City of Wanneroo makes submission on Local Government Act review

Stock image.
Stock image.

WANNEROO councillors have endorsed the City’s submission on the review this month, but without discussion.

The submission supported giving local governments power to form independent corporations and to invest surplus funds.

“Local government should have the ability to create council-controlled organisations to provide any services to realise additional revenue streams and provide for more efficient service delivery,” it said.

“Local government need to diversify their revenue and income streams away from the heavy reliance on rates and local governments should be allowed to undertake commercial activities for this purpose.”

The submission was “very supportive” of removing the requirement to hold an annual electors meeting, saying there were other opportunities for the public to participate in council matters.

It also disagreed with a statement that voting should be compulsory in local government elections, saying it would increase costs.

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Instead it suggested postal and online voting could increase voter participation and strongly supported introducing electronic and online voting through a secure system.

The submission supported having state-wide regulations to cover various topics covered by local laws, including beekeeping, cemeteries, dogs, cats, fencing, bush fire brigades, pest plants, waste and urban environment and nuisance.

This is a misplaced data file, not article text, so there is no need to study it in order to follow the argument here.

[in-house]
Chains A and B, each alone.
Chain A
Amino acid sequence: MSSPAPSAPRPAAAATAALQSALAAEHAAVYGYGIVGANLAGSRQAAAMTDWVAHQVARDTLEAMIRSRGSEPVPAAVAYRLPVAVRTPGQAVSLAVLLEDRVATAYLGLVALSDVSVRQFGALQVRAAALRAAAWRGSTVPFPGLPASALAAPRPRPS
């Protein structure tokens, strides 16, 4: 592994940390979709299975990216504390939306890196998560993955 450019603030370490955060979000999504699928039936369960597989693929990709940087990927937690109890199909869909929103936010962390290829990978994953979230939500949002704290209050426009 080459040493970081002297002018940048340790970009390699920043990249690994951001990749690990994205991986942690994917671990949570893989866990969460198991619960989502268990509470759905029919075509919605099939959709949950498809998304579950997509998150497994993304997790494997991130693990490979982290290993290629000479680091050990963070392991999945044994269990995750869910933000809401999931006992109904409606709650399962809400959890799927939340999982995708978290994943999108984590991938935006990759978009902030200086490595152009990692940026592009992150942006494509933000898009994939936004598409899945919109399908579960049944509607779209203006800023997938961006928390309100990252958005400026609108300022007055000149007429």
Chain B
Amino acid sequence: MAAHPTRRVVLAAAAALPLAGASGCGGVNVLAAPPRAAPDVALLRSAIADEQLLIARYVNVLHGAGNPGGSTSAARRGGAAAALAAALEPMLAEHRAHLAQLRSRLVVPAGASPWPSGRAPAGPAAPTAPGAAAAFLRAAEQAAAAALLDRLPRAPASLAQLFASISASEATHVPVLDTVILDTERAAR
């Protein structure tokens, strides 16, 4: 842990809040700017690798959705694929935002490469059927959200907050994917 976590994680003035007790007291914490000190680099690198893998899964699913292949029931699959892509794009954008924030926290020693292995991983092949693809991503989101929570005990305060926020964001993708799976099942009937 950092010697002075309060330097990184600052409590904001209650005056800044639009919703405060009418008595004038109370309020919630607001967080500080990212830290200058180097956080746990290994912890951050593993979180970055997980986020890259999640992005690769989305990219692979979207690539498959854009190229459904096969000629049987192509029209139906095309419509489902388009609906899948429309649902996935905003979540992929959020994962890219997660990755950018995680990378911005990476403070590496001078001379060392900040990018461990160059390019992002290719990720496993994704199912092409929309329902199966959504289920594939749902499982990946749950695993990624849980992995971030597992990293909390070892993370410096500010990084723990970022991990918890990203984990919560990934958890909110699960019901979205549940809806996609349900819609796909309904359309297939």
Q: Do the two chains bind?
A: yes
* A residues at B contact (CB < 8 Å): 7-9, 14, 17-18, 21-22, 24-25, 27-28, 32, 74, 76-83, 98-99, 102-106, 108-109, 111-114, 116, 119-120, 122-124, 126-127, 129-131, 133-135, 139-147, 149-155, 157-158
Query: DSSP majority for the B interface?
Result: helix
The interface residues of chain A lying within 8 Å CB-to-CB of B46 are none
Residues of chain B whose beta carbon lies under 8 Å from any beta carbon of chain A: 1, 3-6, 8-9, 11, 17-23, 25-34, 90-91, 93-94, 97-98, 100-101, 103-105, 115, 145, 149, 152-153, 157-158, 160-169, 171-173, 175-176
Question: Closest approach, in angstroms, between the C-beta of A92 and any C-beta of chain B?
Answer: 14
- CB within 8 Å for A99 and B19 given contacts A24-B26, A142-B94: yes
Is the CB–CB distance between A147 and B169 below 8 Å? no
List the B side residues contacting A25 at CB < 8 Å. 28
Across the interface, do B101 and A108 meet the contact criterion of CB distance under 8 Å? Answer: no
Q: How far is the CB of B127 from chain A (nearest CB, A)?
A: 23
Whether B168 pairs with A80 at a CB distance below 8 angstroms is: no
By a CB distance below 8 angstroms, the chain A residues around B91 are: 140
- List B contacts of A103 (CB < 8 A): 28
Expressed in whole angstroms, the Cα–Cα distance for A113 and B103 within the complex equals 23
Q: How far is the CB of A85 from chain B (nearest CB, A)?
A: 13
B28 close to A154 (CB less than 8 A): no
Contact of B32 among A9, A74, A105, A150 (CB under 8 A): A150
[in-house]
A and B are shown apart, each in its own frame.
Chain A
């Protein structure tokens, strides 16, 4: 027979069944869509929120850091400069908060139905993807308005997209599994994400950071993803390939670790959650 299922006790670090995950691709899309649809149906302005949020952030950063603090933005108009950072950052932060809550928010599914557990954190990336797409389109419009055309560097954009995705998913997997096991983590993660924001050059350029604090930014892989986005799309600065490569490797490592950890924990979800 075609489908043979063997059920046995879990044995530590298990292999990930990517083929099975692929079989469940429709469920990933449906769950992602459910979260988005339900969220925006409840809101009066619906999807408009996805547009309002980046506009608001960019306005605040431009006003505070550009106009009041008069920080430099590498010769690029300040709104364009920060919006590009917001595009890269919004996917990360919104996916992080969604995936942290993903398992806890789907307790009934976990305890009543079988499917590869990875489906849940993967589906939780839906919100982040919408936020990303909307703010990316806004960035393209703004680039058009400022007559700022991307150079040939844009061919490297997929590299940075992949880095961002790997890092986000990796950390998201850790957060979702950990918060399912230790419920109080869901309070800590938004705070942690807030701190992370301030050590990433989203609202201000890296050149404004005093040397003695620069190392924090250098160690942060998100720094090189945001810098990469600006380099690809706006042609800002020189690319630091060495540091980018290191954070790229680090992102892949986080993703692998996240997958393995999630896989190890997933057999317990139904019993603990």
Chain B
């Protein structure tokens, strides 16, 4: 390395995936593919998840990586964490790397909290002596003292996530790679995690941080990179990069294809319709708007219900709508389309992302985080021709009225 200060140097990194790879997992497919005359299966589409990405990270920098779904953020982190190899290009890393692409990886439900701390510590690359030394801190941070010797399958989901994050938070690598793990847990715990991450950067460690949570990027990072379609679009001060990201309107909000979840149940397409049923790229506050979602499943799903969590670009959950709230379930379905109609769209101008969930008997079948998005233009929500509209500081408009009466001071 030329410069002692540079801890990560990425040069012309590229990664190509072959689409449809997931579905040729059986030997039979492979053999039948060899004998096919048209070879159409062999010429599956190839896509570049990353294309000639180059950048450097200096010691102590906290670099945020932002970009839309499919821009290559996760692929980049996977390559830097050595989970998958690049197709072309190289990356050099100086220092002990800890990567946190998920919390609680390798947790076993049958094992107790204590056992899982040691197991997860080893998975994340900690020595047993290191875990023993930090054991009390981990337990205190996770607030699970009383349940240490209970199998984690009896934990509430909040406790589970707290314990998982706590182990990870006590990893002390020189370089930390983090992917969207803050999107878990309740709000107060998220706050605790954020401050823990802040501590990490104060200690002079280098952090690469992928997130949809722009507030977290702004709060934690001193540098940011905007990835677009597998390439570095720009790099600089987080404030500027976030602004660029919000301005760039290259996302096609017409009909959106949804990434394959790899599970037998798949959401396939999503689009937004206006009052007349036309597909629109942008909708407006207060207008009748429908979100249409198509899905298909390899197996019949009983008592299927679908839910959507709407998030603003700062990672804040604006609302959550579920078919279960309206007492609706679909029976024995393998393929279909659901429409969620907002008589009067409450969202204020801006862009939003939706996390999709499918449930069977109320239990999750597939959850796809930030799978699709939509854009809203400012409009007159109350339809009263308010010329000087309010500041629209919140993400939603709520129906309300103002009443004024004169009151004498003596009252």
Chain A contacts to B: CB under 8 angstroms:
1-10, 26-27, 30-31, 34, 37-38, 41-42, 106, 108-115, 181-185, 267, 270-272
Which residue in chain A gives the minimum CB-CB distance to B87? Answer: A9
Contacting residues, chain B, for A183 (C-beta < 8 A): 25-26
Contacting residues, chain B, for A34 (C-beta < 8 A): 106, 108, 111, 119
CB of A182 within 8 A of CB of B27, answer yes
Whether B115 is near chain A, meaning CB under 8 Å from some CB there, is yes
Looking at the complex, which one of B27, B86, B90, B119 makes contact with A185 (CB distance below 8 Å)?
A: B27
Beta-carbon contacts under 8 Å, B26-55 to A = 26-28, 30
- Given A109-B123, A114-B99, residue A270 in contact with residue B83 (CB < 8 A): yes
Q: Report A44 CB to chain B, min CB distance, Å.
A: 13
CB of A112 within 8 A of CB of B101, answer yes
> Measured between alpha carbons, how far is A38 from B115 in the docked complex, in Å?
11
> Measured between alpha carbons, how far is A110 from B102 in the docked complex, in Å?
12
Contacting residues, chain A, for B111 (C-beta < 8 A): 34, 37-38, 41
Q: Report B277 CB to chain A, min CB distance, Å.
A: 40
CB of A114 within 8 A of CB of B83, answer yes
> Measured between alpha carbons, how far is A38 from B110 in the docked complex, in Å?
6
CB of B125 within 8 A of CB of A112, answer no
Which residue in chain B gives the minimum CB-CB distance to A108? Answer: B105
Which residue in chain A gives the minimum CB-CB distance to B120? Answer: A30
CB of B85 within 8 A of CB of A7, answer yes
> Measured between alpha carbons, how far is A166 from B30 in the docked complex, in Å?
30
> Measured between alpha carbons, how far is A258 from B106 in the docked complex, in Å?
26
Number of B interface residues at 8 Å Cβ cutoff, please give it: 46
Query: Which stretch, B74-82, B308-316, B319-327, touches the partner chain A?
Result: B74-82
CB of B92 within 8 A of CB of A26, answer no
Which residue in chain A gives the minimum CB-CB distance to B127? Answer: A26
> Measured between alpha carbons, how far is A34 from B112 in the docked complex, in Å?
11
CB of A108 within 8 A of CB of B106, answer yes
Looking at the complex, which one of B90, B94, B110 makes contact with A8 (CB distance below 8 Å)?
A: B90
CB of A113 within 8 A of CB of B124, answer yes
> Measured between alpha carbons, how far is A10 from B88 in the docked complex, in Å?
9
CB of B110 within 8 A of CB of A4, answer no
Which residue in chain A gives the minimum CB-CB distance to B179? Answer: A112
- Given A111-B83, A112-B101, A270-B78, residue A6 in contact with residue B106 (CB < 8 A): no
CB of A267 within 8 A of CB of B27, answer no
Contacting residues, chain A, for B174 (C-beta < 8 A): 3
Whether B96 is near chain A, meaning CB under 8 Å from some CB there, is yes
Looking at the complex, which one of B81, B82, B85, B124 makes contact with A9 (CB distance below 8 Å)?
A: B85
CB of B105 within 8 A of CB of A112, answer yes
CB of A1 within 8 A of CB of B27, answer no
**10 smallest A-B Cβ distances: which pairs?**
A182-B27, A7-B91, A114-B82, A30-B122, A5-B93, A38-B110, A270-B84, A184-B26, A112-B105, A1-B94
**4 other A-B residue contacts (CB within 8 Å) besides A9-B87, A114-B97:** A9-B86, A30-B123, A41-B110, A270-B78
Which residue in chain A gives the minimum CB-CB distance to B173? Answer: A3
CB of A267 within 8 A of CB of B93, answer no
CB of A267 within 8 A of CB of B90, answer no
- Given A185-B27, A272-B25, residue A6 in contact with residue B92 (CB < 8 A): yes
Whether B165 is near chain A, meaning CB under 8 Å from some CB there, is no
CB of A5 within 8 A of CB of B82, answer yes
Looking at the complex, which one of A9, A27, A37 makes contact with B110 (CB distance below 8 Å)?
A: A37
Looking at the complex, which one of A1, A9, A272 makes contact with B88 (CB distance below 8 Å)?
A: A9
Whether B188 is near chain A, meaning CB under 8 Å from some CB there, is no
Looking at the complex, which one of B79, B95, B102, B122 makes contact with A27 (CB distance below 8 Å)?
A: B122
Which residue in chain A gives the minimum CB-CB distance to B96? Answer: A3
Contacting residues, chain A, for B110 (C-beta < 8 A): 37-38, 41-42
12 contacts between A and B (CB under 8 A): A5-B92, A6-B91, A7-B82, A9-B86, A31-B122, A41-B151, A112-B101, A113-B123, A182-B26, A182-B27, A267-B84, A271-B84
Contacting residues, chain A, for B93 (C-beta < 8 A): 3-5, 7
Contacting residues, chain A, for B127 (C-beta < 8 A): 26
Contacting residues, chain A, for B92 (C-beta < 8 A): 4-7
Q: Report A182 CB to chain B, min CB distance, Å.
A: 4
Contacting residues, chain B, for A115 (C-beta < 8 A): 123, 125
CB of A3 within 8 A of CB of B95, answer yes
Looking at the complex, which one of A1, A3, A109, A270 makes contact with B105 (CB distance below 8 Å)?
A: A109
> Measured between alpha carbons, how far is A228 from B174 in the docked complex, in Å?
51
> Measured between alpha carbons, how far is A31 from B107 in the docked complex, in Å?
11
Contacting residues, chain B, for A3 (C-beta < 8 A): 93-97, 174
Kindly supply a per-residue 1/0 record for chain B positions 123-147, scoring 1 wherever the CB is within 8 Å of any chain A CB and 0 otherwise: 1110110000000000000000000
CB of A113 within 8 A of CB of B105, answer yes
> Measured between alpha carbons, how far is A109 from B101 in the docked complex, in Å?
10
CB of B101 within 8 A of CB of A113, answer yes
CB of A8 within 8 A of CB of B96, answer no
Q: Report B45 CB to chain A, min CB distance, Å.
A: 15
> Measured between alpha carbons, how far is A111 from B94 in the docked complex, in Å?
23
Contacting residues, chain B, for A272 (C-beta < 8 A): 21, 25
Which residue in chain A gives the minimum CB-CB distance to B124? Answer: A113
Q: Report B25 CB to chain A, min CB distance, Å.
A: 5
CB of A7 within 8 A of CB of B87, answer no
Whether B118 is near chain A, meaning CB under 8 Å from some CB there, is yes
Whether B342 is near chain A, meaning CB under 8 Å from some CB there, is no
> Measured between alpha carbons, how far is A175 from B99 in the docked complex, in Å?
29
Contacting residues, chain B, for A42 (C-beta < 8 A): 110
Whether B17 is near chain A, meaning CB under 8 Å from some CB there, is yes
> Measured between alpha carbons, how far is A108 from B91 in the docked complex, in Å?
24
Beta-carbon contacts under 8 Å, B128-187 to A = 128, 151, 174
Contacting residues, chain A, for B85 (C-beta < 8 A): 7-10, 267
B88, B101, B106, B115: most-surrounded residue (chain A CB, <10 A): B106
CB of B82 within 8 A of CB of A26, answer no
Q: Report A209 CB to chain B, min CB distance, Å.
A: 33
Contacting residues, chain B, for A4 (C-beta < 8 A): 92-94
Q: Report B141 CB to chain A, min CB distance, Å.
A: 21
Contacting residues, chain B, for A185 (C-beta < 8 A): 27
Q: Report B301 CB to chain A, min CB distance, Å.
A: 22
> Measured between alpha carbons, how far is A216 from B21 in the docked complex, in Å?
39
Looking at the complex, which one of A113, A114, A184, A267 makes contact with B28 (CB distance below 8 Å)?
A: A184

It did not support replacing local laws with state-wide regulations for activities on thoroughfares and trading, extractive industries, meeting procedures, public places and local government property, or parking.

The submission supported rating holiday houses, timeshare properties and AirBnB properties differently, while noting that would be difficult to enforce as legislation did not require those properties to be registered.

It supported making all land subject to rates, excluding Crown land used for a public purpose, schools, land used for charitable purposes, agricultural show purposes, aged care facilities, sports and surf life saving clubs, or land used in pursuit of the arts.

It said those should still be charged levies for waste and basic services.

The March council report said the Local Government Act provided some autonomy for local governments but was also quite prescriptive.

“It is complex and lengthy legislation that is further supported by 13 sets of regulations,” the report said.

“The regulatory framework is cumbersome and in certain areas provides for processes that provide little value or do not serve the intended purpose.

“The legislative restrictions on local government limit the ability to act with agility and to deliver services to meet the needs (and ever changing expectations) of the community efficiently and on a cost effective basis.”